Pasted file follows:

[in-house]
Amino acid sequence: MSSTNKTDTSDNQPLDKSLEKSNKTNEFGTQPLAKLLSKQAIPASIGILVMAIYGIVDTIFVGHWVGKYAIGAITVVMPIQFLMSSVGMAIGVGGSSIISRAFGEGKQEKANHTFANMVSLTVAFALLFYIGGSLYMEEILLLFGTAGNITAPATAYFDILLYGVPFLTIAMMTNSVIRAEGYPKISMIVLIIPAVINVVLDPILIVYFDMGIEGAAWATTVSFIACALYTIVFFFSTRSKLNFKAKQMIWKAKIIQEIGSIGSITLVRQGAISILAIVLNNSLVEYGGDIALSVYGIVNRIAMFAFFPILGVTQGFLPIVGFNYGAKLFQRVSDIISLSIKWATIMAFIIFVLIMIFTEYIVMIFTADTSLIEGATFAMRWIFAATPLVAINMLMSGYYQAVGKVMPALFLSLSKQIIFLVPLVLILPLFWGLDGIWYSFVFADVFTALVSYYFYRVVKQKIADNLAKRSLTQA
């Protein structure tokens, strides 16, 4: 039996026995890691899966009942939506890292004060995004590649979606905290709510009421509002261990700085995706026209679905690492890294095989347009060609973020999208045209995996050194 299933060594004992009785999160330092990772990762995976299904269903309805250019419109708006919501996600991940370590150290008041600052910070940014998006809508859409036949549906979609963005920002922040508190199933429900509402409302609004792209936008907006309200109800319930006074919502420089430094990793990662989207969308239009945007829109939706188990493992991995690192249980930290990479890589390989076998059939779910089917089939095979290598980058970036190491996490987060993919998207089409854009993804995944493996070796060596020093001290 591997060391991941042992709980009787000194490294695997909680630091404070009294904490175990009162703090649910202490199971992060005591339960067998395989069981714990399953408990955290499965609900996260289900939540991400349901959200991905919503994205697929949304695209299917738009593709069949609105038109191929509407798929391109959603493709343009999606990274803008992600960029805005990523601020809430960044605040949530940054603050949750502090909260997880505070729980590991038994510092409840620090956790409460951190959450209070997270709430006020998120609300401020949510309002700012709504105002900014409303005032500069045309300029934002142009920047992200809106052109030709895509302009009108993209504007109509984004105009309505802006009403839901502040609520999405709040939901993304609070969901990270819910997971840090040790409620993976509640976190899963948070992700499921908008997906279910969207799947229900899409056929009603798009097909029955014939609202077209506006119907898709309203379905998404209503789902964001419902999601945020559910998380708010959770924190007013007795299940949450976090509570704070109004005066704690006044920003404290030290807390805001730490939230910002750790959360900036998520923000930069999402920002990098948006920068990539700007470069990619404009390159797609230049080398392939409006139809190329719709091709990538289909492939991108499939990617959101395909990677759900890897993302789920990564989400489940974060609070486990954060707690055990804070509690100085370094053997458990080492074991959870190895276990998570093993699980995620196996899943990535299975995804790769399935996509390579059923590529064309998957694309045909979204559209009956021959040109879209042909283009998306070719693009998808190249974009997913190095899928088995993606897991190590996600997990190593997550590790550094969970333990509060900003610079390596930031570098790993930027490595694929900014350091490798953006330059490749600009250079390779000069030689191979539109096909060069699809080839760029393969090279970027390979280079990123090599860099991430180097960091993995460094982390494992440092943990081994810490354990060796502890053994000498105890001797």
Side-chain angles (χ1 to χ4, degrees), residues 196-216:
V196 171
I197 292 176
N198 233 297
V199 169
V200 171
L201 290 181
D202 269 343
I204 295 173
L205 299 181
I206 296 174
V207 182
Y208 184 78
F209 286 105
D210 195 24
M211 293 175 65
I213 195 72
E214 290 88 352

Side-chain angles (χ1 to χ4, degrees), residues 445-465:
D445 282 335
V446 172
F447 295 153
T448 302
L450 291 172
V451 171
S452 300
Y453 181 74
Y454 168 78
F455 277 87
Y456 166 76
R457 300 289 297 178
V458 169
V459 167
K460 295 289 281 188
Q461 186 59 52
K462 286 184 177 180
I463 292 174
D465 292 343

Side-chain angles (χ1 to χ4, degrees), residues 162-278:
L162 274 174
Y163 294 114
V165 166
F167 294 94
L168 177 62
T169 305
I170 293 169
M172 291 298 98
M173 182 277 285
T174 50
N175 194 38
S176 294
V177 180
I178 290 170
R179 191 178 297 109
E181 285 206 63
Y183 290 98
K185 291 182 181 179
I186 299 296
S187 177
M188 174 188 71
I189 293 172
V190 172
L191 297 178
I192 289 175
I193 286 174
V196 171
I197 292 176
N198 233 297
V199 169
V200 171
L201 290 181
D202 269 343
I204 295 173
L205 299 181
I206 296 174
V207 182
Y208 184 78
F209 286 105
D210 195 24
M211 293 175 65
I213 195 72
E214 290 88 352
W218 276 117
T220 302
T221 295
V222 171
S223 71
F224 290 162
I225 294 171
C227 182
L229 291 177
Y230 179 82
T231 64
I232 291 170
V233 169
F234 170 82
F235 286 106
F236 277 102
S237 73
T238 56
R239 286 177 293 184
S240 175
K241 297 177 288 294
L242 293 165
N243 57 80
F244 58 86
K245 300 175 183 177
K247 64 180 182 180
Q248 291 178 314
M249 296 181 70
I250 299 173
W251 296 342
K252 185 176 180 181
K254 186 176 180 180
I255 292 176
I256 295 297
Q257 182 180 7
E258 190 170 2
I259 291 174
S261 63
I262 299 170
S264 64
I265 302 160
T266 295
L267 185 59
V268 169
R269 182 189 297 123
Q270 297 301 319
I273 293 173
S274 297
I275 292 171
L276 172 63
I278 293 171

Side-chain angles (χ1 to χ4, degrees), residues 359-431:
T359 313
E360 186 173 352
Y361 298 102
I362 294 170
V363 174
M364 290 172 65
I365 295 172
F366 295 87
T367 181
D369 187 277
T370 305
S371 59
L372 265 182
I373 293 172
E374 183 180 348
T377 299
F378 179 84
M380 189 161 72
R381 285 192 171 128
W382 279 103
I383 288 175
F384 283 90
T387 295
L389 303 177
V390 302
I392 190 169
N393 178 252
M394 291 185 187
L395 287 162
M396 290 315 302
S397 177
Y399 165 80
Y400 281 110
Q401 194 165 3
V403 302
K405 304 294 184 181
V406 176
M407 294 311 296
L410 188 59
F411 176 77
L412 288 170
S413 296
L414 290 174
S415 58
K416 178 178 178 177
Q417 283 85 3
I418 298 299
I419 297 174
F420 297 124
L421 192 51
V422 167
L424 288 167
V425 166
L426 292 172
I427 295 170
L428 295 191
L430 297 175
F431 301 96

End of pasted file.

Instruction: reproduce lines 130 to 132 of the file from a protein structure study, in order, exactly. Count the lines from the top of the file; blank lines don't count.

R269 182 189 297 123
Q270 297 301 319
I273 293 173